Three days after the review another message hit our inbox. This time it was Shout! Factory asking if we had sold the domestic rights to our film. I immediately passed the message along to Empress Road. They did a great job of representing us and negotiated a deal with Shout! Factory that they recommended we take, so we did. We then spent almost a year on the festival circuit, screening at about 15 small/medium film festivals. The movie was well received, won some awards and more importantly, attending the festivals connected us with several filmmakers all across the country, many of whom we are now working with on our next project.
The US Release
Three years after the first day of production, Shout! Factory released Army of Frankensteins on September 1, 2015. People everywhere are now watching the movie, leaving comments and writing reviews. Some good, some bad, but that’s to be expected. It’s crazy to see the cult following the film is starting to create. Loyal fans embracing the film and “geeking out” over it is something we honestly never expected. We get pictures from fans every day of them buying the film, watching the film with friends and in some cases asking for autographs. We’re amazed to see people all over the world having fun watching Army of Frankensteins. It also doesn’t hurt that we’ve paid back our investors and they’re ready to fund our next movie!
What we did right:
- We came up with a compelling premise and title.
- We made the film in a genre where low budgets are more acceptable. We still get criticized for our special effects while others see them as fitting in with the tone of the movie.
- We couldn’t afford a movie star, so we used a “name” that was in public domain. We then used it incorrectly (according to purists) to get people talking.
- We kept the budget as low as possible. Most of the money was spent in front of the camera. We were able to rely on the enthusiastic support of a tight-knit Oklahoma independent film scene. We had many volunteer crew members and we didn’t have to pay for any of our locations.
- We chose to shoot on the cameras we had in house rather than rent expensive cameras. No one comments about how we didn’t use a certain type of camera. We had used our Panasonic AF-100s on many projects and knew how to get good results from them. 4K was never an issue although this is now changing to where 4K will soon be a requirement.
- We relentlessly promoted our teaser trailer and Facebook page. I’m sure we annoyed a lot of people, but I’ve learned that every week, there’s a whole new army of people who have never heard of the movie.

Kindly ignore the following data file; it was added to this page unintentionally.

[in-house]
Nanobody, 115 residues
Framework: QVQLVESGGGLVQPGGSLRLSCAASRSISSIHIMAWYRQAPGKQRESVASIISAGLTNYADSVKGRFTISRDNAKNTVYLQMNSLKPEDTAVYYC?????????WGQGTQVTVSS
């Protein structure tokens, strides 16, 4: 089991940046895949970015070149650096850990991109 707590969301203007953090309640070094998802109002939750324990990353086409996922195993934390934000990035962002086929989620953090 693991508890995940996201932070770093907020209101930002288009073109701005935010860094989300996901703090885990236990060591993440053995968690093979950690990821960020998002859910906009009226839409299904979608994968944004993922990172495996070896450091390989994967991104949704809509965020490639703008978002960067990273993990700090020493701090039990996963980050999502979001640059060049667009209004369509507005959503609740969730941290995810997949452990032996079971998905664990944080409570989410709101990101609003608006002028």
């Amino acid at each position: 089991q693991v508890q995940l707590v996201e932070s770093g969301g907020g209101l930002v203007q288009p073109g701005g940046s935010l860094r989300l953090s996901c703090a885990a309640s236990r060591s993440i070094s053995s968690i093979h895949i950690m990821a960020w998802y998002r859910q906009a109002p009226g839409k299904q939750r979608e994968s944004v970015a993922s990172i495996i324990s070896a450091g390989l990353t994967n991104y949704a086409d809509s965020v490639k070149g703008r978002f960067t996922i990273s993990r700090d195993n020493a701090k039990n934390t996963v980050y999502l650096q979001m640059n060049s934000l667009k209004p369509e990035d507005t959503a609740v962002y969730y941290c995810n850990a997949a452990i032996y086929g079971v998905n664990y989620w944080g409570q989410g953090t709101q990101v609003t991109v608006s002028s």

- We signed with a sales agent that understood and specialized in our genre. They helped us navigate the business side of selling the movie, something we had very little experience in.
- We submitted the movie to festivals that were accepting of our type of movie. We screened the movie for audiences and formed long lasting relationships.
What we did wrong:
- We didn’t realize the importance of the first ten minutes of a movie. That’s all a potential buyer will likely watch.
- Because of all of the visual effects work and a very tight deadline, we had to lock our final edit before we got to test the movie for audiences. The result is a runtime that’s a little longer than we would like.
What was pure luck:
- Movies featuring Frankenstein’s monster were coming out left and right. I Frankenstein, Frankenstein’s Army, plus The Frankenstein Theory to name a few, and now Victor Frankenstein is about to hit theaters. Our movie is easily the most lo-fi of all of these, but is mentioned with them all the time.
- We set our "period piece" in the right period. We were fortunate to find an amazing civil war re-enactment group in our area. They provided soldiers, costumes, guns, tents, locations, horses and even a working cannon. They were very affordable and great guys to work with.
If you take anything away from this article, I hope it’s this:
Don’t let anyone tell you that you can’t do it! We live in Oklahoma and had absolutely ZERO Hollywood connections when we started. If we can do it, anyone can!!
If you are a fellow filmmaker or a fan, I’d love to hear from you. It’s always fun to talk to other filmmakers and swap stories and give / get advice!
Our email is [email protected]
In the meantime, go out and pick up your copy of Army of Frankensteins today! You can find it at Walmart, Best Buy, Hastings, f.y.e., Vintage Stock and Family Video, or streaming on iTunes, Amazon, VUDU, YouTube and Google Play.